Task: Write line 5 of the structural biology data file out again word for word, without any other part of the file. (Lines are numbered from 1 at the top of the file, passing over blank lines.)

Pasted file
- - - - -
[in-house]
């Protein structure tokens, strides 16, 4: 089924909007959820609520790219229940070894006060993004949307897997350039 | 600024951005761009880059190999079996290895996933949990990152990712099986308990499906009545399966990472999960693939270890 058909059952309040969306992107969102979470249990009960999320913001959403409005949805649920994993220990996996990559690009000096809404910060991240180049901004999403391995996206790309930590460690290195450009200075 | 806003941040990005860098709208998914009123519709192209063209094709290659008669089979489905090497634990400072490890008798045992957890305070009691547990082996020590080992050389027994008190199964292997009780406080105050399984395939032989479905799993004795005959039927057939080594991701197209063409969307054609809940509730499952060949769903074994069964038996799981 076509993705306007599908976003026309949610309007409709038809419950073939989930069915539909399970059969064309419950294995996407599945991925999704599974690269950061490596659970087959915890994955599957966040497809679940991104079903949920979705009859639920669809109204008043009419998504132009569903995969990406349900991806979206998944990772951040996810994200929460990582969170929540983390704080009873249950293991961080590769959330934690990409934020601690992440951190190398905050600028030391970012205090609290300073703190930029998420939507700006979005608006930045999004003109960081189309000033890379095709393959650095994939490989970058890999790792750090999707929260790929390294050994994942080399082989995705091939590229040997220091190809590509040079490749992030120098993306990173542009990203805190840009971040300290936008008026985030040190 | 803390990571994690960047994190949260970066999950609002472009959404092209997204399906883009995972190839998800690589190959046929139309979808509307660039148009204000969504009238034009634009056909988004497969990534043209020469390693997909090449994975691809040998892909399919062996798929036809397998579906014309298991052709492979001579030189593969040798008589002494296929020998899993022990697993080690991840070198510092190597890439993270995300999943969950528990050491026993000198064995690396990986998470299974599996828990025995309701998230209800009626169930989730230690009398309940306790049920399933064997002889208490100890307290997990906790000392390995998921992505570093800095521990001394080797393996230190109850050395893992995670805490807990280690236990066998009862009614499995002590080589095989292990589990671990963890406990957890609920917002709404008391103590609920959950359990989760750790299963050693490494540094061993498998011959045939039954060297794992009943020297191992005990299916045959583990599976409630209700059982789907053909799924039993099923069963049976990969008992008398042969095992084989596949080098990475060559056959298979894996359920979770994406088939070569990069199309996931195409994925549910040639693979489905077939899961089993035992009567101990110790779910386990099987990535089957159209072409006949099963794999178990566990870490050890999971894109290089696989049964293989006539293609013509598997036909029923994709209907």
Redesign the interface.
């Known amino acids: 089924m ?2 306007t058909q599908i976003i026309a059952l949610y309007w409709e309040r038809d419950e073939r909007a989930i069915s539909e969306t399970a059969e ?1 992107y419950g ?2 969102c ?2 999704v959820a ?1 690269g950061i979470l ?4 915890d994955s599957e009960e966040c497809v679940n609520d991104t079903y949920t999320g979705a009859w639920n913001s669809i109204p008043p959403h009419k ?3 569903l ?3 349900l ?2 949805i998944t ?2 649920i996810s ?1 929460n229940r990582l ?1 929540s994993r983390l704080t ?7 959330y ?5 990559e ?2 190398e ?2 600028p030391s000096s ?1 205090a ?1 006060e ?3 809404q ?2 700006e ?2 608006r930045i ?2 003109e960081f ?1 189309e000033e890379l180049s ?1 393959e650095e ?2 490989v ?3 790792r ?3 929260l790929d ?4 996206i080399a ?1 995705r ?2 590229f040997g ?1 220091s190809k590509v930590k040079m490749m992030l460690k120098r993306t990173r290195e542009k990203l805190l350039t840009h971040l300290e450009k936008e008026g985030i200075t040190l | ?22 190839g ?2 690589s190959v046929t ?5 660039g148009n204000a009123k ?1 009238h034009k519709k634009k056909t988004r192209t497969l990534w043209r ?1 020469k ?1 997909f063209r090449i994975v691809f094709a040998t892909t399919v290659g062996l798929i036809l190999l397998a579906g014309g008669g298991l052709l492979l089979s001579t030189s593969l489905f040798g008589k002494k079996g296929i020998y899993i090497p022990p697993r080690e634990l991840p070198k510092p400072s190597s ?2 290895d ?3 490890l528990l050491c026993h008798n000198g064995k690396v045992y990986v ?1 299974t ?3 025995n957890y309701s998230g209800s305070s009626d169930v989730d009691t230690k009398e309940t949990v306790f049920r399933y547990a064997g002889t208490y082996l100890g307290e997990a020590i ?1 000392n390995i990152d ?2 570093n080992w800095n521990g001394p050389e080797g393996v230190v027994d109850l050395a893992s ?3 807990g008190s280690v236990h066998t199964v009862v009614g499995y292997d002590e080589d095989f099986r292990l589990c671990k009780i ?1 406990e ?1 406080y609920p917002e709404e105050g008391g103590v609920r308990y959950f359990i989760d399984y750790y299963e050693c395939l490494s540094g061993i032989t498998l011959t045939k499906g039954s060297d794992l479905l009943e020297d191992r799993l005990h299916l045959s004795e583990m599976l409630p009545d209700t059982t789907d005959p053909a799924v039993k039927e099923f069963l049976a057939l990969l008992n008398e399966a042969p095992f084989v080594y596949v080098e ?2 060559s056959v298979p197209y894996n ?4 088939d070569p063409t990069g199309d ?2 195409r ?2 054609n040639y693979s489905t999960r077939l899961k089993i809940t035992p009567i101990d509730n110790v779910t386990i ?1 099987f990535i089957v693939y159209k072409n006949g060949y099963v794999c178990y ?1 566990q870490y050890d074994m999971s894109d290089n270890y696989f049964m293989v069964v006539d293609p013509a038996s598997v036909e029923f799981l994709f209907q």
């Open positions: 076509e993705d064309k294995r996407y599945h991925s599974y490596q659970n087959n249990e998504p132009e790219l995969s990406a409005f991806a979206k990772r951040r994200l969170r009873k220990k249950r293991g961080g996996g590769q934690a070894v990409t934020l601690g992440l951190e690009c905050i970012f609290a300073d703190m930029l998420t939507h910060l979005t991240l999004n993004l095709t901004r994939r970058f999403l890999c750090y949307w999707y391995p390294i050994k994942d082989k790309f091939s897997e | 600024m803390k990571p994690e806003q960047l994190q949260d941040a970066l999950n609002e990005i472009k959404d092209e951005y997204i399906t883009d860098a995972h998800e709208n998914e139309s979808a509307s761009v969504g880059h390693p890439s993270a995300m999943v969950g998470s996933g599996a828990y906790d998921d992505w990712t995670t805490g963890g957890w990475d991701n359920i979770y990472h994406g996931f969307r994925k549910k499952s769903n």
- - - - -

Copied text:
């Open positions: 076509e993705d064309k294995r996407y599945h991925s599974y490596q659970n087959n249990e998504p132009e790219l995969s990406a409005f991806a979206k990772r951040r994200l969170r009873k220990k249950r293991g961080g996996g590769q934690a070894v990409t934020l601690g992440l951190e690009c905050i970012f609290a300073d703190m930029l998420t939507h910060l979005t991240l999004n993004l095709t901004r994939r970058f999403l890999c750090y949307w999707y391995p390294i050994k994942d082989k790309f091939s897997e | 600024m803390k990571p994690e806003q960047l994190q949260d941040a970066l999950n609002e990005i472009k959404d092209e951005y997204i399906t883009d860098a995972h998800e709208n998914e139309s979808a509307s761009v969504g880059h390693p890439s993270a995300m999943v969950g998470s996933g599996a828990y906790d998921d992505w990712t995670t805490g963890g957890w990475d991701n359920i979770y990472h994406g996931f969307r994925k549910k499952s769903n």